Article published by ScienceDaily
Surgeons who observe persistent fluid buildup after disconnecting epileptic and healthy brain areas should think twice before installing low-pressure nonprogrammable drainage shunts, according to a study co-authored by Rutgers pediatric and epilepsy neurosurgeon Yasunori Nagahama that found chronic headaches could result from these procedures.
The study in Operative Neurosurgery followed 70 children who underwent a connection-severing surgery known as functional hemispherotomy for intractable epilepsy between 1994 and 2018 to see if inserting permanent drainage shunts after surgery increased the brain’s tendency to shift across the skull after surgery.
Epilepsy afflicts about 3.4 million Americans, according to the Centers for Disease Control. Various surgeries can help the 1 million people whose seizures can’t be controlled by medication. Hemispherotomy often eliminates seizures in juvenile patients whose epilepsy affects one side (or hemisphere) of the brain by removing some tissue and severing connections between the healthy and overactive hemispheres. However, tissue removal reduces local pressure, causing the remaining brain tissue to shift toward the low-pressure zone. This shift can cause persistent headaches and other problems.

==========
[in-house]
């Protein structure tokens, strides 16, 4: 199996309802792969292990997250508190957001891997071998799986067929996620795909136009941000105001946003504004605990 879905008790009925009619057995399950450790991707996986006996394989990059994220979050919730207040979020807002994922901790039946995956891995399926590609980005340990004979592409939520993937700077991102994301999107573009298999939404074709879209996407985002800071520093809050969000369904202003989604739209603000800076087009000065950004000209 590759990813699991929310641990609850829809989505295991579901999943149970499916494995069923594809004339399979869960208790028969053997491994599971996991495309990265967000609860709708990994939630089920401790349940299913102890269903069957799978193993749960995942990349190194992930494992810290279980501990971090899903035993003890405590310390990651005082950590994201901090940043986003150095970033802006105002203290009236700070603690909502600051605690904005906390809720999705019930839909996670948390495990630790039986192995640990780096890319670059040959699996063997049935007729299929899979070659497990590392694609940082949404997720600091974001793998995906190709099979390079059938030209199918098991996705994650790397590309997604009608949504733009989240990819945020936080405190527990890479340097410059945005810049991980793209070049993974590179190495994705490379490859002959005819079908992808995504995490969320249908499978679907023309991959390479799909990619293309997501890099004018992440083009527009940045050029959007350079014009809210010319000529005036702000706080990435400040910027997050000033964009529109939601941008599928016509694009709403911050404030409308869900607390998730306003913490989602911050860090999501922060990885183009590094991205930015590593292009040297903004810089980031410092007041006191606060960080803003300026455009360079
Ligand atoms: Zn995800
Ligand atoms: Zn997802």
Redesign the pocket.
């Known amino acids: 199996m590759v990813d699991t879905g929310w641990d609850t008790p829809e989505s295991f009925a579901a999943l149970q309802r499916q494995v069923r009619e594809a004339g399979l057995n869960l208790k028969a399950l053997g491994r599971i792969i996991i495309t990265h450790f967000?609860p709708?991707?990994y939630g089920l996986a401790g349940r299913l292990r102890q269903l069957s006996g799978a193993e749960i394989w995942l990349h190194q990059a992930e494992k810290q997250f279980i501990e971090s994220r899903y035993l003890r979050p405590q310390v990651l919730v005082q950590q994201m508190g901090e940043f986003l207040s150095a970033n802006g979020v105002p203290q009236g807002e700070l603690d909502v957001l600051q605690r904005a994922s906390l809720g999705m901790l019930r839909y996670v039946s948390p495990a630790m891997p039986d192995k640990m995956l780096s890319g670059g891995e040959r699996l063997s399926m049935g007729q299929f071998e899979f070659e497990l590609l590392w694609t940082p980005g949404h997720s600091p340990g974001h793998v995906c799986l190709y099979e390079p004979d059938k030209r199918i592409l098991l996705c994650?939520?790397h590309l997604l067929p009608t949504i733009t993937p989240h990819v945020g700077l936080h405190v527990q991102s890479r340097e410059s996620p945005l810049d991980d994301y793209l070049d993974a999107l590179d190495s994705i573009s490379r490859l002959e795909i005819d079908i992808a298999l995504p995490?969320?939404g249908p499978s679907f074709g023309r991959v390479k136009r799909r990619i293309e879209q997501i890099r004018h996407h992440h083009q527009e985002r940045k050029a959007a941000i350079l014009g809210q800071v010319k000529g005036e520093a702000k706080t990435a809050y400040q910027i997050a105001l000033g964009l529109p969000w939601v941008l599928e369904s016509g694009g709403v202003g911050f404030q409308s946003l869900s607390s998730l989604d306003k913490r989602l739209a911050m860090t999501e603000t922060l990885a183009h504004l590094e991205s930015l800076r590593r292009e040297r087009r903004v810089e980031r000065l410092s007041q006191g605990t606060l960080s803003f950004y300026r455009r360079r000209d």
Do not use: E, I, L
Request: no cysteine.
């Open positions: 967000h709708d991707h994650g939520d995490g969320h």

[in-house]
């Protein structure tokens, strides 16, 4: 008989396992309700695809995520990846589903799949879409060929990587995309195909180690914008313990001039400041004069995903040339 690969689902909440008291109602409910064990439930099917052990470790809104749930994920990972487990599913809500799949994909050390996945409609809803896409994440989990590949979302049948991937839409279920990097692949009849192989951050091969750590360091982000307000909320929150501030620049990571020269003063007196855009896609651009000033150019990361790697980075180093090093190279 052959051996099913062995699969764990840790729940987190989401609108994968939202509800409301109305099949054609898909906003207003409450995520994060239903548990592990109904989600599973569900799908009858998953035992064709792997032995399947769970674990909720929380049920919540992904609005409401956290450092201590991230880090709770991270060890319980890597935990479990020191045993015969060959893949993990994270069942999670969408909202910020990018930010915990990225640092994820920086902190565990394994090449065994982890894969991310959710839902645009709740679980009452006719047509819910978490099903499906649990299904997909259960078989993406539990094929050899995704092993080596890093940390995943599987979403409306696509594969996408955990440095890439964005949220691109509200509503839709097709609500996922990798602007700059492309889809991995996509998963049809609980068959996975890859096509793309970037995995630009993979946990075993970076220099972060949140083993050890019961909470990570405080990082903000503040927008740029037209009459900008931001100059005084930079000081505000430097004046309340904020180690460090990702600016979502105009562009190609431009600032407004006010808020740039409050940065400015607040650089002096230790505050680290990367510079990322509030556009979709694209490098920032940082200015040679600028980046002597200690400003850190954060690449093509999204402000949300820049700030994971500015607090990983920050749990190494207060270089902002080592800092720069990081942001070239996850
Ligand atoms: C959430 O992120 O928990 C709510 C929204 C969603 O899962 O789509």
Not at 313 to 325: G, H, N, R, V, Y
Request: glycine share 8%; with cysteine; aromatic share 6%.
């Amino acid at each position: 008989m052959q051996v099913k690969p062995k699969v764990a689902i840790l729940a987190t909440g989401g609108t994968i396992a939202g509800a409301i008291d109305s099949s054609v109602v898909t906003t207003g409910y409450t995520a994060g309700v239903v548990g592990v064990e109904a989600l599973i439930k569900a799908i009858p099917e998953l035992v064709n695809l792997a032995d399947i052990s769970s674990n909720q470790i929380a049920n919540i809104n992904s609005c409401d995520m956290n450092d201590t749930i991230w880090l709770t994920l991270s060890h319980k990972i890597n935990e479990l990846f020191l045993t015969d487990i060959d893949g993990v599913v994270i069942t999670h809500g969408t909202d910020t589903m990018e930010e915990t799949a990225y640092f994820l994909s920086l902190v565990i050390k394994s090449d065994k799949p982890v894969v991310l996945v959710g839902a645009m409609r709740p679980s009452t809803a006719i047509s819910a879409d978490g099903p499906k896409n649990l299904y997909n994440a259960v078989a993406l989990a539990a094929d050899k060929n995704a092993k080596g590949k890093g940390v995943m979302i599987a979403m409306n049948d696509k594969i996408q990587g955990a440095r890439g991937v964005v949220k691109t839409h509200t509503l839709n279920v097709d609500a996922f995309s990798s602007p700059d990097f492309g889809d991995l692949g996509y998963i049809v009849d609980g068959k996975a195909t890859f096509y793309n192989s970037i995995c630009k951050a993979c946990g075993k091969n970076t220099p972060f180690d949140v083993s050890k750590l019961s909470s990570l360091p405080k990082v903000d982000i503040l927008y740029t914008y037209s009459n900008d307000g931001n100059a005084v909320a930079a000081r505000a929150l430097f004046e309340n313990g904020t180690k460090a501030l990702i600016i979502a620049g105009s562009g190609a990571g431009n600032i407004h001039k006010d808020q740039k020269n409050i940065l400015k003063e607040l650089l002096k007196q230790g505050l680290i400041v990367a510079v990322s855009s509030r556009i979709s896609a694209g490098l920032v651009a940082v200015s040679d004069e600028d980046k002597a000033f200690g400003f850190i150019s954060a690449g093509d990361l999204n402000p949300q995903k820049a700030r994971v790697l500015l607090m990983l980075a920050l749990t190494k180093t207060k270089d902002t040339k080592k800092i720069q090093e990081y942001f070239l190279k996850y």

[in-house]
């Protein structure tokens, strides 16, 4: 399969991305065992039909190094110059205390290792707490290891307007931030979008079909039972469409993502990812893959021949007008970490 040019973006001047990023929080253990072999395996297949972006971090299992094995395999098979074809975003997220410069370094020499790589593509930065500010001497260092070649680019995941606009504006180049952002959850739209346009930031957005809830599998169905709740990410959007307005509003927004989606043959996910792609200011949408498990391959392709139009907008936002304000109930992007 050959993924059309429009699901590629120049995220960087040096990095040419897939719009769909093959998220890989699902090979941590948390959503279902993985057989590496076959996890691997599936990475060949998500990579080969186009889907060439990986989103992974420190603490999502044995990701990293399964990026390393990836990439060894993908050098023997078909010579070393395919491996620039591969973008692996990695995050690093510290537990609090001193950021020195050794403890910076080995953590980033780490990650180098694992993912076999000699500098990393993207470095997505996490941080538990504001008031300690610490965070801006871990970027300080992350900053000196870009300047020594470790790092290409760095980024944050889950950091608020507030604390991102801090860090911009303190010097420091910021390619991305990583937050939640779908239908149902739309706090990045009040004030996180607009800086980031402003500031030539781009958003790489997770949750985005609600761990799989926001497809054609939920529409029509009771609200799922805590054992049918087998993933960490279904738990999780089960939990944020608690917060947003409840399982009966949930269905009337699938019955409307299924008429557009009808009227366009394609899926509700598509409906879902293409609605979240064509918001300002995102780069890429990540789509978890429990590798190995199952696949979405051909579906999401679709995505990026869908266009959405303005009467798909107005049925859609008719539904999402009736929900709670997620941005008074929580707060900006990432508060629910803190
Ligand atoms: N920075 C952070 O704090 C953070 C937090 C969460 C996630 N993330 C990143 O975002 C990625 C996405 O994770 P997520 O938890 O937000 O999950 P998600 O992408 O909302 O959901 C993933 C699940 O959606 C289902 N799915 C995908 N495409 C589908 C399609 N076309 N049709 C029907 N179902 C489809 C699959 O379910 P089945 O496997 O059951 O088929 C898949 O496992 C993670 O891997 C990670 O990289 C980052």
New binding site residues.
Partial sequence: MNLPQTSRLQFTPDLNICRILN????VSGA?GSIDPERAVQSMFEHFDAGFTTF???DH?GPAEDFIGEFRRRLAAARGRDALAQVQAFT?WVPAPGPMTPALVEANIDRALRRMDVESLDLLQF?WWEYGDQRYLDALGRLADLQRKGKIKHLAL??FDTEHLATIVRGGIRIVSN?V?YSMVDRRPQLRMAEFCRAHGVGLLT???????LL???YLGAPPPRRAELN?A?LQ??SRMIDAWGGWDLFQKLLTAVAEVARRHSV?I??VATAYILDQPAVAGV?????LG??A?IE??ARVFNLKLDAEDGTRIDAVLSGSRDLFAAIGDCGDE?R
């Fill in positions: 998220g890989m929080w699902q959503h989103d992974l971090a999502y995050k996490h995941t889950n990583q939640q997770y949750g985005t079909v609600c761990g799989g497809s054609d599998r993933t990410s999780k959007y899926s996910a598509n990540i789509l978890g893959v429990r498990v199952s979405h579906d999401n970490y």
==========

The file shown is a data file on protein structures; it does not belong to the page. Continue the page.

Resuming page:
The study is the first to examine whether shunts, which allow excess cerebrospinal fluid to drain into the abdominal cavity, increase brain shift and, if so, whether certain types of shunts increase it more than others.
The study’s initial measurements of average midline brain shift were comparable in shunted and nonshunted patients, but final measurements were 16.3 millimeters in shunted kids and 9.7 millimeters in nonshunted kids. Further investigation by Nagahama and colleagues from the University of California, Los Angeles suggests insufficient pressure in some shunt opening valves created the increased brain shift.